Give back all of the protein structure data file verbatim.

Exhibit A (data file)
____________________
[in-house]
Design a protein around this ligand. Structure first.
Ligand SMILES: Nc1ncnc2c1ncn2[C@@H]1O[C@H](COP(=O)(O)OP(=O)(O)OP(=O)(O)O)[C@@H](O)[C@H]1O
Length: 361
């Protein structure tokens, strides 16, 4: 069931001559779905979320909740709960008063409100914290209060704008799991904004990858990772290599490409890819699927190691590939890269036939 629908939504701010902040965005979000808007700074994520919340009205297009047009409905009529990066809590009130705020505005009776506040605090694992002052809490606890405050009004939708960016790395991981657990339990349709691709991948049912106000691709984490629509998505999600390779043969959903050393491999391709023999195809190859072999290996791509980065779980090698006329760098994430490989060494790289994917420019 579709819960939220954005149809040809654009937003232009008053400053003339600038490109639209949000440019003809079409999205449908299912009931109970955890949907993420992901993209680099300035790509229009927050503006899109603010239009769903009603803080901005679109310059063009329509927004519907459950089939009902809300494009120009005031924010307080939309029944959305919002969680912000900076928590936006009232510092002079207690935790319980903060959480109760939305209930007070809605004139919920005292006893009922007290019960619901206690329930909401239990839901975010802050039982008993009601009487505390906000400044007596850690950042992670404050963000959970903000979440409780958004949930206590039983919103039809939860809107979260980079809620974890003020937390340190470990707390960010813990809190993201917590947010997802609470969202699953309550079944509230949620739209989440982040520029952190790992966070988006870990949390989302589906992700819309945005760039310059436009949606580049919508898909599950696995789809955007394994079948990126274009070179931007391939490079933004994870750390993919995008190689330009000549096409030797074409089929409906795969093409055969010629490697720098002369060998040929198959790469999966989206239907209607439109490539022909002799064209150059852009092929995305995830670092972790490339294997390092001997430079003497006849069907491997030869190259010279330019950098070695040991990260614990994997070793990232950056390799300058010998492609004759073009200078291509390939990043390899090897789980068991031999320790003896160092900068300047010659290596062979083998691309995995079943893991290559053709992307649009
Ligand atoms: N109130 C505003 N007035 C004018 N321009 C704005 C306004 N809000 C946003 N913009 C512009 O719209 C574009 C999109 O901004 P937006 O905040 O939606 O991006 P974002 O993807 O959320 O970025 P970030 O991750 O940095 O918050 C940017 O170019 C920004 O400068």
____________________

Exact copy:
[in-house]
Design a protein around this ligand. Structure first.
Ligand SMILES: Nc1ncnc2c1ncn2[C@@H]1O[C@H](COP(=O)(O)OP(=O)(O)OP(=O)(O)O)[C@@H](O)[C@H]1O
Length: 361
């Protein structure tokens, strides 16, 4: 069931001559779905979320909740709960008063409100914290209060704008799991904004990858990772290599490409890819699927190691590939890269036939 629908939504701010902040965005979000808007700074994520919340009205297009047009409905009529990066809590009130705020505005009776506040605090694992002052809490606890405050009004939708960016790395991981657990339990349709691709991948049912106000691709984490629509998505999600390779043969959903050393491999391709023999195809190859072999290996791509980065779980090698006329760098994430490989060494790289994917420019 579709819960939220954005149809040809654009937003232009008053400053003339600038490109639209949000440019003809079409999205449908299912009931109970955890949907993420992901993209680099300035790509229009927050503006899109603010239009769903009603803080901005679109310059063009329509927004519907459950089939009902809300494009120009005031924010307080939309029944959305919002969680912000900076928590936006009232510092002079207690935790319980903060959480109760939305209930007070809605004139919920005292006893009922007290019960619901206690329930909401239990839901975010802050039982008993009601009487505390906000400044007596850690950042992670404050963000959970903000979440409780958004949930206590039983919103039809939860809107979260980079809620974890003020937390340190470990707390960010813990809190993201917590947010997802609470969202699953309550079944509230949620739209989440982040520029952190790992966070988006870990949390989302589906992700819309945005760039310059436009949606580049919508898909599950696995789809955007394994079948990126274009070179931007391939490079933004994870750390993919995008190689330009000549096409030797074409089929409906795969093409055969010629490697720098002369060998040929198959790469999966989206239907209607439109490539022909002799064209150059852009092929995305995830670092972790490339294997390092001997430079003497006849069907491997030869190259010279330019950098070695040991990260614990994997070793990232950056390799300058010998492609004759073009200078291509390939990043390899090897789980068991031999320790003896160092900068300047010659290596062979083998691309995995079943893991290559053709992307649009
Ligand atoms: N109130 C505003 N007035 C004018 N321009 C704005 C306004 N809000 C946003 N913009 C512009 O719209 C574009 C999109 O901004 P937006 O905040 O939606 O991006 P974002 O993807 O959320 O970025 P970030 O991750 O940095 O918050 C940017 O170019 C920004 O400068």